- The Talmud goes on there to identify Memuchan as Haman. As such, Rashi there interprets his name to mean “prepared” – prepared for the death of Vashti and himself. The Ben Ish Chai notes that a hint to this idea is the fact that the gematria of “Memuchan” is equal to that of “eitz” (160), the tree on which Haman was hanged1. A “tree” may also refer to the Talmudic statement (Chulin 139b): Where is there an allusion to Haman in the Torah? In the verse (Bereishis 3:11) “did you eat from the tree?,” wherein the word “hamin” (“from the”) is spelled with the same letters as “Haman.” This occurred in the story of Adam and Chava’s temptation to eat the fruit in Gan Eden, and since (as we shall see be”H in our last blog on this verse next week) the Vilna Gaon believes Haman to be representative of the Evil Inclination, it is a fitting allusion.
- The Midrash (Esther Rabba 4:6) asks why Memuchan was so eager to have Vashti killed, and offers three reasons: she slapped him in the face, Memuchan’s wife was not invited to the party, and because Memuchan wanted his daughter to be able to marry the king. All three reasons are really one, with each moving further from practical predictability; he wanted more influence over the king. Memuchan wanted to yield his own influence, his wife’s influence through the queen, and (more indirectly) the theoretical influence of his daughter as a queen.
- We must however, contend with another Talmudic opinion regarding the identity of Memuchan. The Yerushalmi quotes the Pirkei d’Rebbi Eliezer as saying that Memuchan was the prophet, Daniel. On the one hand, Memuchan’s advice is evil and murderous. On the other hand, it is ridding the world of the evil Vashti2, a sworn enemy of the Jews. Therefore, it is “Haman-advice” in its evil means and “Daniel-advice” in its simultaneous beneficial ends.
- In Ohr Chadash, the Maharal writes that there are seven advisers present before Achashverosh at this point. There are similarly seven major constellations (as they were understood then), the seventh being me’adim (Mars), which represents bloodshed and has a numerical value of 95. This is the same gematria as Haman and Daniel.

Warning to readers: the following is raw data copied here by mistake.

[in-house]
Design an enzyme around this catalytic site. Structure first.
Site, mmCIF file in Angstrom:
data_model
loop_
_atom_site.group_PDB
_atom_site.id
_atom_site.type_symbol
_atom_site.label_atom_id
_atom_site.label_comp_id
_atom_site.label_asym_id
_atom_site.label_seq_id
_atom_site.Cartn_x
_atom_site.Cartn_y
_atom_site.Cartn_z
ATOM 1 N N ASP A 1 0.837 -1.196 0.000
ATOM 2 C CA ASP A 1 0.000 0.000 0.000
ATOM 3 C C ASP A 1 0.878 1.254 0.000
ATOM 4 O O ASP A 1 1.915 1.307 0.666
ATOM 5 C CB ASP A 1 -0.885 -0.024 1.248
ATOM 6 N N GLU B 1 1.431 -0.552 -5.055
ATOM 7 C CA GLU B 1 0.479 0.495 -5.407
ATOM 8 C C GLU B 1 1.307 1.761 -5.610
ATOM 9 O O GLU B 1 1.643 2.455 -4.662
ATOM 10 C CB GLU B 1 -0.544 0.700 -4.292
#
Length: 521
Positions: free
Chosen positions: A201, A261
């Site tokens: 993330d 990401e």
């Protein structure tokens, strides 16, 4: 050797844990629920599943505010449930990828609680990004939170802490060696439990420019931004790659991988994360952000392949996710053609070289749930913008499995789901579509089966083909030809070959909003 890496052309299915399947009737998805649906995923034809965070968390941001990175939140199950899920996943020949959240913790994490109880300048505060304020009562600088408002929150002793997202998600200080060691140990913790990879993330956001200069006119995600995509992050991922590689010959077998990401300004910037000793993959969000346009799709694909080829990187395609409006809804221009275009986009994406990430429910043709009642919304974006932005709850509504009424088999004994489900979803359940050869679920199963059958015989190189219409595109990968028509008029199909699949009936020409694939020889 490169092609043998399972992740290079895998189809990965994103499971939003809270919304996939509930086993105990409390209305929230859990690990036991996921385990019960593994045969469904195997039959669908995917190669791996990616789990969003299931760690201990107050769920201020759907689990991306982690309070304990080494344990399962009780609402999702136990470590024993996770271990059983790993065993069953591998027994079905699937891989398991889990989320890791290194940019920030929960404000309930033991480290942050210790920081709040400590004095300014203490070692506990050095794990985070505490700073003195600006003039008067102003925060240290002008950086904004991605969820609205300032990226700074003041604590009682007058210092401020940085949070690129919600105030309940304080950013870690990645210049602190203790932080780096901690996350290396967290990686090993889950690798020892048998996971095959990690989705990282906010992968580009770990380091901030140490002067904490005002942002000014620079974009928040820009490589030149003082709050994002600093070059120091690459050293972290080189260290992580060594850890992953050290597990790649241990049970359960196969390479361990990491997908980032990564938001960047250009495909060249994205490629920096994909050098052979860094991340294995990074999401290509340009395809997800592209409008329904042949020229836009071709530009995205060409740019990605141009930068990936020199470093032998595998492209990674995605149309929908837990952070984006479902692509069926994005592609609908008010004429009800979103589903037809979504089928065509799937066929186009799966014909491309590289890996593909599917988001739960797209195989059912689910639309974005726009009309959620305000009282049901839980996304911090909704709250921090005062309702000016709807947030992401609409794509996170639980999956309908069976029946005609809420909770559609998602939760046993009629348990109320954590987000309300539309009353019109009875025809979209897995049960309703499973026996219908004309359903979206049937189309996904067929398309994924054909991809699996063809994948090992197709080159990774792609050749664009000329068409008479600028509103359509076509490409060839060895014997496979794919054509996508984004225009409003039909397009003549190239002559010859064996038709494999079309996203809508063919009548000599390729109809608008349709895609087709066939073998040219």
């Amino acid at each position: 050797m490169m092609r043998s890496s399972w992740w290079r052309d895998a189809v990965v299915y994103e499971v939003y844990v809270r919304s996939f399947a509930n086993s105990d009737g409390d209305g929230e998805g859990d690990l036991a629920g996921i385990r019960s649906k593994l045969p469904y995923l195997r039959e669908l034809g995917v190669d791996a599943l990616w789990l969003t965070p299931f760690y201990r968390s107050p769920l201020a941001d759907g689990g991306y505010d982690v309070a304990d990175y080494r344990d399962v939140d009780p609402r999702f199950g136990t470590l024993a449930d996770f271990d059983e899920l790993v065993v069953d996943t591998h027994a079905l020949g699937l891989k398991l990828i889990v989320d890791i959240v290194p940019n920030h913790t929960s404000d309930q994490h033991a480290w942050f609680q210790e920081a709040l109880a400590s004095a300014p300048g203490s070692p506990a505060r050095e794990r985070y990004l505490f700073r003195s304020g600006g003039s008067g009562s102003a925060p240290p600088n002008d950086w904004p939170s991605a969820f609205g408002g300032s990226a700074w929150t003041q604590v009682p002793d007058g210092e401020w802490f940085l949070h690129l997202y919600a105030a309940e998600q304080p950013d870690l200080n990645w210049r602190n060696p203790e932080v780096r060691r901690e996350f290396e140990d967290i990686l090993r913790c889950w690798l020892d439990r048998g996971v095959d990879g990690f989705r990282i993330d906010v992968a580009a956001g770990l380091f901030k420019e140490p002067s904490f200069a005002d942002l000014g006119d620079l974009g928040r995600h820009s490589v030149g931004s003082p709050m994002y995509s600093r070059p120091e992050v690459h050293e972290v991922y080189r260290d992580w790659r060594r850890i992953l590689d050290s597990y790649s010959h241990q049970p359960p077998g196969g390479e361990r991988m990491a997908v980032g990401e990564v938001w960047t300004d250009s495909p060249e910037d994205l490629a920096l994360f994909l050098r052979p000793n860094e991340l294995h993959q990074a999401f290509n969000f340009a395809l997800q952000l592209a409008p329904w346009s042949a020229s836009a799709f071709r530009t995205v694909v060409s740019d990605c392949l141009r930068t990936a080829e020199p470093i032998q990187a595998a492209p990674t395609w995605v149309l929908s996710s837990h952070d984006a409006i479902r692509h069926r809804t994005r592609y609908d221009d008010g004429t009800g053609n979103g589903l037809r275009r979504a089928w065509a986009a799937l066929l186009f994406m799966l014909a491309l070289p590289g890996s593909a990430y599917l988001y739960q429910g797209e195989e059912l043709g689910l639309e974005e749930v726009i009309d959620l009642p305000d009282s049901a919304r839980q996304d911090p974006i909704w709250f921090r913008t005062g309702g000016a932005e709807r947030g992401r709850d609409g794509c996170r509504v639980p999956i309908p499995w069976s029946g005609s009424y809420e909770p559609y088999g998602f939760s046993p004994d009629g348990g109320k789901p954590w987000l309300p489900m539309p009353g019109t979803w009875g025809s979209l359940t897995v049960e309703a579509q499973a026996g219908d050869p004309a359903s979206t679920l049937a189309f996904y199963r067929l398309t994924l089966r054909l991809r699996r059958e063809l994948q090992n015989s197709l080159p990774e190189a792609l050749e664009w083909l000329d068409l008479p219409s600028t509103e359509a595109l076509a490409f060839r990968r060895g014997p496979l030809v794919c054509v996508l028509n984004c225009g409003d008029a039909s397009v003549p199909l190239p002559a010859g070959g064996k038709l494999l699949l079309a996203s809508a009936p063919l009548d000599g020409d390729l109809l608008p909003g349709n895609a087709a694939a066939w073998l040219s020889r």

- The Maharsha adds that the unscrambled, initial letters in the words in Tehillim 22:21, which are interpreted as Esther’s prayer for rescue from the Jews’ fate at the hands of Haman (see our tenth blog), “mey’cherev nafshi mi’yad kelev yichidasi” form the name, Memuchan.
The Malbim writes that Achashverosh was stressing to his advisers that he sent the message through chamberlains to give excuses for Vashti’s refusal to come. As mentioned in earlier blogs, it was degrading to send chamberlains to escort royalty. Furthermore, the verse here calls Achashverosh’s command a “ma’amar” instead of the usual “dibur.” The Chaye Adam explains that “dibur” is a tougher, more authoritative order, whereas a “ma’amar” can be interpreted almost as a suggestion. Again, the king is trying to devalue his original command in order to downgrade – or outright eliminate – Vashti’s punishment.
According to the Vilna Gaon, in an attempt to save Vashti, Achashverosh emphasized to his advisers that she is a queen. He is intimating to them that they should be careful in dealing with such an important person, and judge her leniently.
According to the Midrash (Esther Rabbah 4:5), this word, “bamalka,” is meant to contrast what occurred in the 1 case of Vashti with the case of Esther, who also acts out of line with “k’das” (“the law”) (Esther 4:16) when she attempts to visit the king uninvited. G-d Willing, we will learn more about that verse when we get there.
טו כְּדָת מַה–לַּעַשׂוֹת בַּמַּלְכָּה וַשְׁתִּי עַל ׀ אֲשֶׁר לֹא–עָשְׂתָה אֶת–מַאֲמַר הַמֶּלֶךְ אֲחַשְׁוֵרוֹשׁ בְּיַד הַסָּרִיסִים
15. The rule: what is done to the Queen Vashti regarding her not performing the message of King Achashverosh through the chamberlains?
Truly, being king, Achashverosh was neither bound by the law nor ignorant of it. Therefore, according to Midrash Panim Acheirim, the rule to which Achashverosh refers would be a legal loophole to try to save Vashti.